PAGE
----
Habanero Releases Newest Slot: Roman Empire


One of the most common themes in all of online slots is that of the Roman empire, especially the gladiator games, and Habanero's new Roman Empire slot is based on the same kind of theme. This game uses 25 paylines with a usual five-by-three format, and it's suggested to have a medium overall volatility. This means that you'll have a mix of big wins and small payouts that will keep you afloat while you try to take down a jackpot.

The Roman Theme

Habanero (read more) has a history of making sure that their games have very in-depth themes, and Roman Empire is no exception. This slot is built around the Roman Colosseum scatter symbol, and you'll see a helmet, shield, Caesar's face on a coin and Cleopatra on the reels. You'll have free spins based on the Colosseum as well, and something that stands out about this feature is that there's no maximum to the number of free turns that you could get.

An HTML5 Release

It's very important to note that this game is based on HTML5, just like all of their new releases. Slots (like these) that use HTML5 are a step ahead of those that are based on Adobe Flash because it's a more stable platform that uses resources in a much more efficient way. They also allow software developers to put together one version of a game to use on desktop and mobile applications instead of having to dedicate resources to both, which means shorter times for game releases and a seamless game experience when you switch from one platform to the other.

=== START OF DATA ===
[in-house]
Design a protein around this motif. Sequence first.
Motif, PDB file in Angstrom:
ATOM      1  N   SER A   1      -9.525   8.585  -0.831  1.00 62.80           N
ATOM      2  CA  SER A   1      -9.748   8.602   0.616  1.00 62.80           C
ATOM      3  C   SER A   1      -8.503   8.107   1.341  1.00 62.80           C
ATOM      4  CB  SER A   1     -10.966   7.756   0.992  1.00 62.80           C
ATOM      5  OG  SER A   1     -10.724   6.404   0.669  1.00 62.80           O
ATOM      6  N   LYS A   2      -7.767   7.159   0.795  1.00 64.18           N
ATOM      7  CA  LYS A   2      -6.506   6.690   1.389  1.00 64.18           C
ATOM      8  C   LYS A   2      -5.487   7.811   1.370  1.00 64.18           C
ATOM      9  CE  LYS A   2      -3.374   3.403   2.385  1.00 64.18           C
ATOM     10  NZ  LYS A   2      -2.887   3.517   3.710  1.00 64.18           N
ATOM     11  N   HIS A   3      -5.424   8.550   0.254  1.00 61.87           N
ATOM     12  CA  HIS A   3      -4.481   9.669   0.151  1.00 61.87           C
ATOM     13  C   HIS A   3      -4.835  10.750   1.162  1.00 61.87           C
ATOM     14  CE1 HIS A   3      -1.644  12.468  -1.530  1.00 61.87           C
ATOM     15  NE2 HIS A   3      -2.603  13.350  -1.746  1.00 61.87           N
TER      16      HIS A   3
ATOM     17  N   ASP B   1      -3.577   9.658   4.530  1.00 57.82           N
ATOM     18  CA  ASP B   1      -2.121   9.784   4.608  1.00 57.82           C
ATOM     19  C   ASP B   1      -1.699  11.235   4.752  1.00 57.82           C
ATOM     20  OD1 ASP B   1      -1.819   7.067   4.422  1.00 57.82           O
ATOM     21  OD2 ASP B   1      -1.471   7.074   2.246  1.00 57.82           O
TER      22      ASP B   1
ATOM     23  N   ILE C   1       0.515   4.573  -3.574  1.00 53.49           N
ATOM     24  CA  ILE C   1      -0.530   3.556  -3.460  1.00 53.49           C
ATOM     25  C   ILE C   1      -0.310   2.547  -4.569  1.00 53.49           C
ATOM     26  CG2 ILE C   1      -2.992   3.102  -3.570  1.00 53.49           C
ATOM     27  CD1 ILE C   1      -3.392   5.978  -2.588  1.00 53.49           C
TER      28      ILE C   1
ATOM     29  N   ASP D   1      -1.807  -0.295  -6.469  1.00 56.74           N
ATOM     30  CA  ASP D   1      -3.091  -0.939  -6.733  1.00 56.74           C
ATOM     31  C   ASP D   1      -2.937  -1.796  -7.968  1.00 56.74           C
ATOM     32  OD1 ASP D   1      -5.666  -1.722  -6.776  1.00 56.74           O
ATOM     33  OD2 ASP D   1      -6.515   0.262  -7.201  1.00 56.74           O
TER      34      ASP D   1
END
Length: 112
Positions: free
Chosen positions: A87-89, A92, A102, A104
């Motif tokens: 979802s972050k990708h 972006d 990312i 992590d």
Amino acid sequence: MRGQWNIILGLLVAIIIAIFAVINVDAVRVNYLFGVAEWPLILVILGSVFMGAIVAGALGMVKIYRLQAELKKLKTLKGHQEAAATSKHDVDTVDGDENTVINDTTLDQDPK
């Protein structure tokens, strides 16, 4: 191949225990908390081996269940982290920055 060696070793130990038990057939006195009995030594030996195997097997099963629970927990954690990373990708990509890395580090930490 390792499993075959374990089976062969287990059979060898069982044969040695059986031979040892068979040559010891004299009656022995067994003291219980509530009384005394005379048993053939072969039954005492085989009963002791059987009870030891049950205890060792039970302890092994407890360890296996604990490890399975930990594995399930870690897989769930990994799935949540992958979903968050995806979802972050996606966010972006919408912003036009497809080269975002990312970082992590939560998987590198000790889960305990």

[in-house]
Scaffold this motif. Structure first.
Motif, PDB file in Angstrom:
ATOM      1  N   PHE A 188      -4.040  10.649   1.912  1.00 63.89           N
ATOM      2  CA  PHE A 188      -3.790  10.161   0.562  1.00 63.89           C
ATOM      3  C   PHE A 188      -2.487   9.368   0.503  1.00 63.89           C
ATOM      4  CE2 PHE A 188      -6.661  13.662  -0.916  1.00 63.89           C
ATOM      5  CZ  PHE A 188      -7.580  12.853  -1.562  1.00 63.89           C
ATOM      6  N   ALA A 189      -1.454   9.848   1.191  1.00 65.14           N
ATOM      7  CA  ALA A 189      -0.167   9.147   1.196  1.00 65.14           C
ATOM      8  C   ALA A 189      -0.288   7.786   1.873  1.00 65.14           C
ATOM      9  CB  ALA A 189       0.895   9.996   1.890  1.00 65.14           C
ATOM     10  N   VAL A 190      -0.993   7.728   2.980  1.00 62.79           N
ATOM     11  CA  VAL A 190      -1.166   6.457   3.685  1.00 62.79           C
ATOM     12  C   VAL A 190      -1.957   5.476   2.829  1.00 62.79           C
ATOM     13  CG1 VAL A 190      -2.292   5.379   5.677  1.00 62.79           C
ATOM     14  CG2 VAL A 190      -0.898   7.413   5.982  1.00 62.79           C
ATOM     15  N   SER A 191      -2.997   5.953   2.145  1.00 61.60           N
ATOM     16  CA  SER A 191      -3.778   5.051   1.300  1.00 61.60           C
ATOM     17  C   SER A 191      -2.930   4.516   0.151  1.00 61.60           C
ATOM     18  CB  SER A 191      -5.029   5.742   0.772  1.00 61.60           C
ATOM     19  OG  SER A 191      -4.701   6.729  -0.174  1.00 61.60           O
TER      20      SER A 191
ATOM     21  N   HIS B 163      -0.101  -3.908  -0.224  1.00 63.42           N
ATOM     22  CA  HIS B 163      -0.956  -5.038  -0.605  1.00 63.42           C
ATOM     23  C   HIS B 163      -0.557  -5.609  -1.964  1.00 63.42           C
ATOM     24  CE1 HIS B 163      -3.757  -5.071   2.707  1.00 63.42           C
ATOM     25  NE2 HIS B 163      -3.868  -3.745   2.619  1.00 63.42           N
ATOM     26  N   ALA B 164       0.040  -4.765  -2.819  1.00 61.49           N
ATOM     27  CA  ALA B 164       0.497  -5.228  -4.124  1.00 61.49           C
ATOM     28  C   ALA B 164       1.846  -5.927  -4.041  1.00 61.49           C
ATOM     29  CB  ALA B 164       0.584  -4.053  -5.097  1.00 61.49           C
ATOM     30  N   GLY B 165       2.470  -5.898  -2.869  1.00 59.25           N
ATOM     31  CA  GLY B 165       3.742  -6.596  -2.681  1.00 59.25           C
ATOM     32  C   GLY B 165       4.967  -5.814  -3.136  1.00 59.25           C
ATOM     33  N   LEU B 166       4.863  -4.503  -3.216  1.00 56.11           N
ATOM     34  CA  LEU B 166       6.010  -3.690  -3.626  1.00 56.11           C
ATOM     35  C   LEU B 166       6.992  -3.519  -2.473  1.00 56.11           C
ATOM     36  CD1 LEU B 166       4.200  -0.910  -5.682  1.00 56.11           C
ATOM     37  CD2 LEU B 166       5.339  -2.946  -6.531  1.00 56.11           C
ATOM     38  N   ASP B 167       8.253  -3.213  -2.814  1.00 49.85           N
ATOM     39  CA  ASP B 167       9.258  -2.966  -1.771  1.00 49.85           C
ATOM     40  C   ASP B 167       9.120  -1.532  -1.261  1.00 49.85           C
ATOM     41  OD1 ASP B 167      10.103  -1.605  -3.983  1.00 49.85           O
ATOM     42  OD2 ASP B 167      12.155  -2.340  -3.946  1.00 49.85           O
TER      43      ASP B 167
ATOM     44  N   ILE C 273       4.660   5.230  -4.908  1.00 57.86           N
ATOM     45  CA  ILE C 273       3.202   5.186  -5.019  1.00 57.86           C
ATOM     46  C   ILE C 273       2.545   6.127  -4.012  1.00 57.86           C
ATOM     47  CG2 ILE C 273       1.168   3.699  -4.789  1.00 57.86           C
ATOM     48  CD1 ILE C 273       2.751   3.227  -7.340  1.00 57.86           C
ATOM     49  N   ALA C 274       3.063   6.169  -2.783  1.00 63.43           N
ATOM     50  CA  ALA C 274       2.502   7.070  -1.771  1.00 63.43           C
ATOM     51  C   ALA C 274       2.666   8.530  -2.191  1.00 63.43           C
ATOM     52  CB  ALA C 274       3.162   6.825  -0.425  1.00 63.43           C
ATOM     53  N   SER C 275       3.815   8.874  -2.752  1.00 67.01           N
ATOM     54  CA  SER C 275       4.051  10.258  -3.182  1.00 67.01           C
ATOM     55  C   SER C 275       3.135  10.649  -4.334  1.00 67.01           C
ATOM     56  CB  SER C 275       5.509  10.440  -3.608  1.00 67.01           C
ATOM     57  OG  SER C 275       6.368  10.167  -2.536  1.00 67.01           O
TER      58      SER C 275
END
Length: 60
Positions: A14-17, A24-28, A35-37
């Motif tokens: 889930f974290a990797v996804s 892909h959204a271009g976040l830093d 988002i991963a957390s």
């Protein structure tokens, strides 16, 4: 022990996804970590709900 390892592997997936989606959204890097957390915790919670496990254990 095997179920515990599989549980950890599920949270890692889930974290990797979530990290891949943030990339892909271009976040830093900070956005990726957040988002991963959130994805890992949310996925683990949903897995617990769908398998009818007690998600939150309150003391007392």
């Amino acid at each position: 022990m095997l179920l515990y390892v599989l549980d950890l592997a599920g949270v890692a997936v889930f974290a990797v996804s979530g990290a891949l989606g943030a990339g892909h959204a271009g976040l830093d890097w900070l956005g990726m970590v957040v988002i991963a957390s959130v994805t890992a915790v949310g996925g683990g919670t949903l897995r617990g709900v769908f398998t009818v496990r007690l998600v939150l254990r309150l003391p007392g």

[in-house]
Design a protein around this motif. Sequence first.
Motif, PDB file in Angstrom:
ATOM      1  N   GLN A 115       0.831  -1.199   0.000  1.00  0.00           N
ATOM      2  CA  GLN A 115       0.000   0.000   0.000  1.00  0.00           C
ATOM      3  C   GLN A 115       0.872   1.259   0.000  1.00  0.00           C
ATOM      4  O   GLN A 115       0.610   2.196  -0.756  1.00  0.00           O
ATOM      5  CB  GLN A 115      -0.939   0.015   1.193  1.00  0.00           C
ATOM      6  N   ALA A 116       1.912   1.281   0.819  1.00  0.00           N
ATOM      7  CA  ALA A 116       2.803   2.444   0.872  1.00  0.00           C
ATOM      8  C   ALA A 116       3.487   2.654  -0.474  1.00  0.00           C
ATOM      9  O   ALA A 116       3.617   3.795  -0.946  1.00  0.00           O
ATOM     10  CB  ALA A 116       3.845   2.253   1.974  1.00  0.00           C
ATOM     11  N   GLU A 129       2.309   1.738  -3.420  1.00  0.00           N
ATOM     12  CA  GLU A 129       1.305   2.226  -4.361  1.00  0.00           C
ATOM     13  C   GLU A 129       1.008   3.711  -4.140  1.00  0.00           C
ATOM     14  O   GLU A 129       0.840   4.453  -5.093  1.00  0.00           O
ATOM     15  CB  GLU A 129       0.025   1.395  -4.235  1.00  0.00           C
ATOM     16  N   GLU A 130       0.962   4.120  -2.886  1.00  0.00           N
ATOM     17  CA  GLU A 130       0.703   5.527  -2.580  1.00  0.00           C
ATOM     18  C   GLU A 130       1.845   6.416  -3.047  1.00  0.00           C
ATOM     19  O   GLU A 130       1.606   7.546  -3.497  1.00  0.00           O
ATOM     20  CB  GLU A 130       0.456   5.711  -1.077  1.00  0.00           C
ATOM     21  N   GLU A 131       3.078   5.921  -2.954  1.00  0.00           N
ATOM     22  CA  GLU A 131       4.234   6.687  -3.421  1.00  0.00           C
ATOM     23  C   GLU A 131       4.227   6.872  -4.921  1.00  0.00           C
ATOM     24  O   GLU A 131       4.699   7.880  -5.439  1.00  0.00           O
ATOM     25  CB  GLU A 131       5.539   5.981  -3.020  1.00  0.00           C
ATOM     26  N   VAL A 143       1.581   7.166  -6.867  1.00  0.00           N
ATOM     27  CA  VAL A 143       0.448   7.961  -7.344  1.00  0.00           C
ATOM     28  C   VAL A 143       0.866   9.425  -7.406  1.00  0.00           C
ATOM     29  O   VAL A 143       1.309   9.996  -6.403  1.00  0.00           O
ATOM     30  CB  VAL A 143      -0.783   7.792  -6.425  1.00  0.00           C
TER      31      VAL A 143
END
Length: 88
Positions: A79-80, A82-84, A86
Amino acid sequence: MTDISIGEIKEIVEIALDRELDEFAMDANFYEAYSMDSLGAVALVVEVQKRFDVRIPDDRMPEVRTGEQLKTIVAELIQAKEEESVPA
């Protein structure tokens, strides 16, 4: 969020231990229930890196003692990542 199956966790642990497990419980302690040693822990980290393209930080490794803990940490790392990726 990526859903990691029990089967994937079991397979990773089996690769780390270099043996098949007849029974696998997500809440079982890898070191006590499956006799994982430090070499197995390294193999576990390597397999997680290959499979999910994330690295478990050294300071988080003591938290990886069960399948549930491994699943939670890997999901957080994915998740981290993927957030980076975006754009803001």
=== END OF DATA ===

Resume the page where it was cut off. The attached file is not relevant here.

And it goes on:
About Habanero Systems

Habanero Systems has been really bringing it when it comes to the new releases. Their Bombs Away release earlier this year was a good example of a game that took a somewhat standard theme based on a wartime scenario and turned it into a very in-depth title. They're great at letting the gameplay of their titles speak for itself instead of just relying on people to play any slot with a certain kind of generic theme, and there's no doubt that players will love the Roman Empire slot as well, even though the theme has been used before quite a few times.

By Jesse Eddleman